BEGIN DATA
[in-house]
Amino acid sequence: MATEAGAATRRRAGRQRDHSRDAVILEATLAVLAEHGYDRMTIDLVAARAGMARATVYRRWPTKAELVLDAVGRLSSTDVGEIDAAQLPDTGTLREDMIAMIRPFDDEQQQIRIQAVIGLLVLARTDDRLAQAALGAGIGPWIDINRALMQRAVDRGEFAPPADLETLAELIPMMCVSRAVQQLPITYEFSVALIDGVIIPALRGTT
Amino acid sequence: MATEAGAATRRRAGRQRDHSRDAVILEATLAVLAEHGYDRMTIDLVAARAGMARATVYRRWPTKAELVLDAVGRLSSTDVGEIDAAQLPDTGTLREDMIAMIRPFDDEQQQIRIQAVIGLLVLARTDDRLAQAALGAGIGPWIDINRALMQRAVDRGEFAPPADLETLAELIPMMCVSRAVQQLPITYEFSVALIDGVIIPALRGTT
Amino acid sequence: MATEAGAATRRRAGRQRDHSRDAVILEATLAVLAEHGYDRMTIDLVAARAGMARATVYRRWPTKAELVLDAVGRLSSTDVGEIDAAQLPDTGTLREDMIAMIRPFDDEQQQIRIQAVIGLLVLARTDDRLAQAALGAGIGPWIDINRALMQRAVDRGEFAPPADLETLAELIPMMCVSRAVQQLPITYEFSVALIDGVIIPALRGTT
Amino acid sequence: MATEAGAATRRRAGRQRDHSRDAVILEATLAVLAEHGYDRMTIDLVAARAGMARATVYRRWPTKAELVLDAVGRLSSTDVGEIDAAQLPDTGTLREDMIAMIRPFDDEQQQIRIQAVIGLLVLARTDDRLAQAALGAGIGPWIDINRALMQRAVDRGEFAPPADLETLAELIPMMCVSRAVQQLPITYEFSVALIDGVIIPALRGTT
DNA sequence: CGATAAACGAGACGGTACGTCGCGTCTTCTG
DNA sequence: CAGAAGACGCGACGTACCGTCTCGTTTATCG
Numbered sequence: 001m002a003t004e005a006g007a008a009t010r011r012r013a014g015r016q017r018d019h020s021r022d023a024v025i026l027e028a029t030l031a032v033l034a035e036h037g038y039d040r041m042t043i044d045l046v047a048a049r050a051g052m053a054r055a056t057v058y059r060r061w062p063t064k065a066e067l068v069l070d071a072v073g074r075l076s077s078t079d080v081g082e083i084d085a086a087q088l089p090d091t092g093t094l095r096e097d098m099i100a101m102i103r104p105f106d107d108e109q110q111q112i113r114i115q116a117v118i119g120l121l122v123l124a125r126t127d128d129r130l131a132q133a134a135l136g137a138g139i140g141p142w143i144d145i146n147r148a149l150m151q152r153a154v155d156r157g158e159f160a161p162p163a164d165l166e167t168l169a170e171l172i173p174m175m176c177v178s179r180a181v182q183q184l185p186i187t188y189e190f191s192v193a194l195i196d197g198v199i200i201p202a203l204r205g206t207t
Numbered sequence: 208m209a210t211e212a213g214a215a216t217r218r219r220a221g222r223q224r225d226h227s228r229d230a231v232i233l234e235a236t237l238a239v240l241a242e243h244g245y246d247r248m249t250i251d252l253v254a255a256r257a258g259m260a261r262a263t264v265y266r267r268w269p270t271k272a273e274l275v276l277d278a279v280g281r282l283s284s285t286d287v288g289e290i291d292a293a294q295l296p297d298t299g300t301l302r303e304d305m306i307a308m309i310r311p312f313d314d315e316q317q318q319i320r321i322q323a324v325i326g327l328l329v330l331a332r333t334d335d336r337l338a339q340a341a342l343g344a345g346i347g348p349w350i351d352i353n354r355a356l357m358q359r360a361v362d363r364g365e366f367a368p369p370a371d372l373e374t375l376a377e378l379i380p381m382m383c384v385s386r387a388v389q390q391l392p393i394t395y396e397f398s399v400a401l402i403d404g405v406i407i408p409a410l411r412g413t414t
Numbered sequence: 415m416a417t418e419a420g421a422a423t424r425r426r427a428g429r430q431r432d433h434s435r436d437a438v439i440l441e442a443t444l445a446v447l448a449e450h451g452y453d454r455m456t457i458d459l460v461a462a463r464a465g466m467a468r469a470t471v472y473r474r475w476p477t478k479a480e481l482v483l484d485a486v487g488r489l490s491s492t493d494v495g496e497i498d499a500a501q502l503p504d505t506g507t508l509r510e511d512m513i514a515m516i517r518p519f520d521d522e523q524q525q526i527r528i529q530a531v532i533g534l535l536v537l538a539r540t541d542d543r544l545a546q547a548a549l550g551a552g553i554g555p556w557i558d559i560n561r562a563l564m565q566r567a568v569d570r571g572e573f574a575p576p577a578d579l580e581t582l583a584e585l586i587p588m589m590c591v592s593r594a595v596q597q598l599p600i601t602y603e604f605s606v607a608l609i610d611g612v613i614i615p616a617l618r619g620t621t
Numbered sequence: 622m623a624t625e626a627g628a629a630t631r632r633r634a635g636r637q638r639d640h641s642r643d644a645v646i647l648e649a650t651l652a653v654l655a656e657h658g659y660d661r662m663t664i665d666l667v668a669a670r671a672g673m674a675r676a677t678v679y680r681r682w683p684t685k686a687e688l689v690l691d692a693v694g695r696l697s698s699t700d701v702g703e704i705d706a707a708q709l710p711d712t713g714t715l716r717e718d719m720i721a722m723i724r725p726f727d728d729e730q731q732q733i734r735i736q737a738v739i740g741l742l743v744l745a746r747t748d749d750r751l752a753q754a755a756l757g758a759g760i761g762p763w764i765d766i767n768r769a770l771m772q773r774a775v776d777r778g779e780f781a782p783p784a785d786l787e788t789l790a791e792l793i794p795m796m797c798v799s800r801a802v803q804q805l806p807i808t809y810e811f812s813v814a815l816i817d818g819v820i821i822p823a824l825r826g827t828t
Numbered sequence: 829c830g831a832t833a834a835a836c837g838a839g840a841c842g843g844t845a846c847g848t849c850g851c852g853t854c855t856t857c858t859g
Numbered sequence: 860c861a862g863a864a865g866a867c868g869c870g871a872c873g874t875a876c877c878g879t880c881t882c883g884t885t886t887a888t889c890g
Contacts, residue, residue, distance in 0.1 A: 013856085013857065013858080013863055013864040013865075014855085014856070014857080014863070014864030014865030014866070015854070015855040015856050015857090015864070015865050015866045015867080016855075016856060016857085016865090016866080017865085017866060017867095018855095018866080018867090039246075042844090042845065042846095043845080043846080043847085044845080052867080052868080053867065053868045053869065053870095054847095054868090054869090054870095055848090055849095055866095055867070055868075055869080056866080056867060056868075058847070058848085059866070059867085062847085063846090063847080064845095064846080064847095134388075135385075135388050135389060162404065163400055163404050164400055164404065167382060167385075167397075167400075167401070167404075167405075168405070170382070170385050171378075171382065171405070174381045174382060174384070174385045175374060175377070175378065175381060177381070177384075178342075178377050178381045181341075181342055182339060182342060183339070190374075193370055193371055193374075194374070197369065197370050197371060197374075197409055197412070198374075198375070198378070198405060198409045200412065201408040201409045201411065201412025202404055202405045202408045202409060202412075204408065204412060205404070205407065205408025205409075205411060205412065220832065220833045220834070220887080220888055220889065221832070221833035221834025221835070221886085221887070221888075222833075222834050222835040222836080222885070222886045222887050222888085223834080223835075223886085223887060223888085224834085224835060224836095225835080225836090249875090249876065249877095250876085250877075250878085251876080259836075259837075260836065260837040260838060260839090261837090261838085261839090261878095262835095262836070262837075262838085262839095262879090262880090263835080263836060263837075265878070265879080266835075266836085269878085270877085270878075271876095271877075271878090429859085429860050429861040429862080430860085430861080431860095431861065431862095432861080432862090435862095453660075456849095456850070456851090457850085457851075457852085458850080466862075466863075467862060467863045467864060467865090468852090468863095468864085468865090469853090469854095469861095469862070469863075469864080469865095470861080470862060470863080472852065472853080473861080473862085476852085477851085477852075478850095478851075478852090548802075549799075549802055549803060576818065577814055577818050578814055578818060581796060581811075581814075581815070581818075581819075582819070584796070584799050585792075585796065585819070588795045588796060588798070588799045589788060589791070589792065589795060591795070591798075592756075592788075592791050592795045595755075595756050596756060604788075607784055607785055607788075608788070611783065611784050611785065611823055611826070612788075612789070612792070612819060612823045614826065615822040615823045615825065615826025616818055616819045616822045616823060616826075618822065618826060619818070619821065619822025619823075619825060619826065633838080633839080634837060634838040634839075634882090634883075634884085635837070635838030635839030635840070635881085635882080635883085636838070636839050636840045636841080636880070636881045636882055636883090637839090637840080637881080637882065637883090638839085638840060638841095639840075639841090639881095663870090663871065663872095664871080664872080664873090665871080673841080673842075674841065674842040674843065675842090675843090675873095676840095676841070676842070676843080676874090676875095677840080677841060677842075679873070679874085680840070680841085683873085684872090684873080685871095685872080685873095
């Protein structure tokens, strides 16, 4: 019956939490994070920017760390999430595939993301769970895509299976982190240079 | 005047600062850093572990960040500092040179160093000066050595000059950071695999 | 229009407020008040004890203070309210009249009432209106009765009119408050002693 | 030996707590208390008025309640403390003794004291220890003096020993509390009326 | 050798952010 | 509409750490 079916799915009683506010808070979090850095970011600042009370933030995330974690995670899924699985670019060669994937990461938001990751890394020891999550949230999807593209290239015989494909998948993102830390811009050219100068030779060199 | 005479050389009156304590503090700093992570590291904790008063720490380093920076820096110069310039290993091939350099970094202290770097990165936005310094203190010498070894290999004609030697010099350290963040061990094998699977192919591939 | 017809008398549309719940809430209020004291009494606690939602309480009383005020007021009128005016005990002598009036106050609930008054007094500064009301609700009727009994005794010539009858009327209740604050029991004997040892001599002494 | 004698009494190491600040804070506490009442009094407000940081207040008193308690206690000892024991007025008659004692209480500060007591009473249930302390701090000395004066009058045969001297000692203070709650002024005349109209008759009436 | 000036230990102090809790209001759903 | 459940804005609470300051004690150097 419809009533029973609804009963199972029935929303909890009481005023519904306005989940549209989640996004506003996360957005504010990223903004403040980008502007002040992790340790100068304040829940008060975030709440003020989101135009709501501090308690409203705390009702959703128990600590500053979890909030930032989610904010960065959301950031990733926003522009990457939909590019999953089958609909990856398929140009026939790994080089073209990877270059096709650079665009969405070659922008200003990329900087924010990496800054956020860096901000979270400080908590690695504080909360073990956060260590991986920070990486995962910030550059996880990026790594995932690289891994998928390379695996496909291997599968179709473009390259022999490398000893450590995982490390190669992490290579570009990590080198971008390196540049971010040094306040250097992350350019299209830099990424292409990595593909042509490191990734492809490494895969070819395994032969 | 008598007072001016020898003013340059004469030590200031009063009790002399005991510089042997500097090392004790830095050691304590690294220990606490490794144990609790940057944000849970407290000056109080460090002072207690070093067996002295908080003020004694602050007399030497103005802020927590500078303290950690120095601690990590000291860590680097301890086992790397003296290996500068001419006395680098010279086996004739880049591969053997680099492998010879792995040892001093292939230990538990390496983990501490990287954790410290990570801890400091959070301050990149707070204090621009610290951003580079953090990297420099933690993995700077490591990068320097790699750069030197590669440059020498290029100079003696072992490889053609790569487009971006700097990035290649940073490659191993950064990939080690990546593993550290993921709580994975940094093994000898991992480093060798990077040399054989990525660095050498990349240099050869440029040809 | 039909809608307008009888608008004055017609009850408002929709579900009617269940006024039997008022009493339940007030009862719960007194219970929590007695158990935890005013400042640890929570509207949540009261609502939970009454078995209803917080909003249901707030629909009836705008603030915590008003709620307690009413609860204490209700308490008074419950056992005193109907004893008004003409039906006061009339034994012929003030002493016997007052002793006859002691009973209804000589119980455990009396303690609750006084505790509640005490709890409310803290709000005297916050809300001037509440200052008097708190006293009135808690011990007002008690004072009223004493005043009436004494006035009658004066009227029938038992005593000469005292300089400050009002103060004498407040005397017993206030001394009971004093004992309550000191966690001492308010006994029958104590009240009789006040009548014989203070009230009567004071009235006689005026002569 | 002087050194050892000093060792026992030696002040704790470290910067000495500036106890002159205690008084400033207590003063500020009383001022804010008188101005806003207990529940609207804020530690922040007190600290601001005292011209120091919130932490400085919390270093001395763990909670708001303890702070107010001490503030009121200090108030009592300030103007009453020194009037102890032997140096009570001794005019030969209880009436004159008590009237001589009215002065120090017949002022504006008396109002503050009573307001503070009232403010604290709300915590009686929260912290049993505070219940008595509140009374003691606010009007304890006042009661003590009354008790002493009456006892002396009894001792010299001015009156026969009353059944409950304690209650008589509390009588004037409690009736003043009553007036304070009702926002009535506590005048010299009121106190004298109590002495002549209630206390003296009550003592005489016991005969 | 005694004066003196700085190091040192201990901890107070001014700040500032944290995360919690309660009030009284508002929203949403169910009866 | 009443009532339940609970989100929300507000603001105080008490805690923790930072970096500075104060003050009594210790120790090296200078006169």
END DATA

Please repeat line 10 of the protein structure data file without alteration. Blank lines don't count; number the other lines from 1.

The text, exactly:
Numbered sequence: 415m416a417t418e419a420g421a422a423t424r425r426r427a428g429r430q431r432d433h434s435r436d437a438v439i440l441e442a443t444l445a446v447l448a449e450h451g452y453d454r455m456t457i458d459l460v461a462a463r464a465g466m467a468r469a470t471v472y473r474r475w476p477t478k479a480e481l482v483l484d485a486v487g488r489l490s491s492t493d494v495g496e497i498d499a500a501q502l503p504d505t506g507t508l509r510e511d512m513i514a515m516i517r518p519f520d521d522e523q524q525q526i527r528i529q530a531v532i533g534l535l536v537l538a539r540t541d542d543r544l545a546q547a548a549l550g551a552g553i554g555p556w557i558d559i560n561r562a563l564m565q566r567a568v569d570r571g572e573f574a575p576p577a578d579l580e581t582l583a584e585l586i587p588m589m590c591v592s593r594a595v596q597q598l599p600i601t602y603e604f605s606v607a608l609i610d611g612v613i614i615p616a617l618r619g620t621t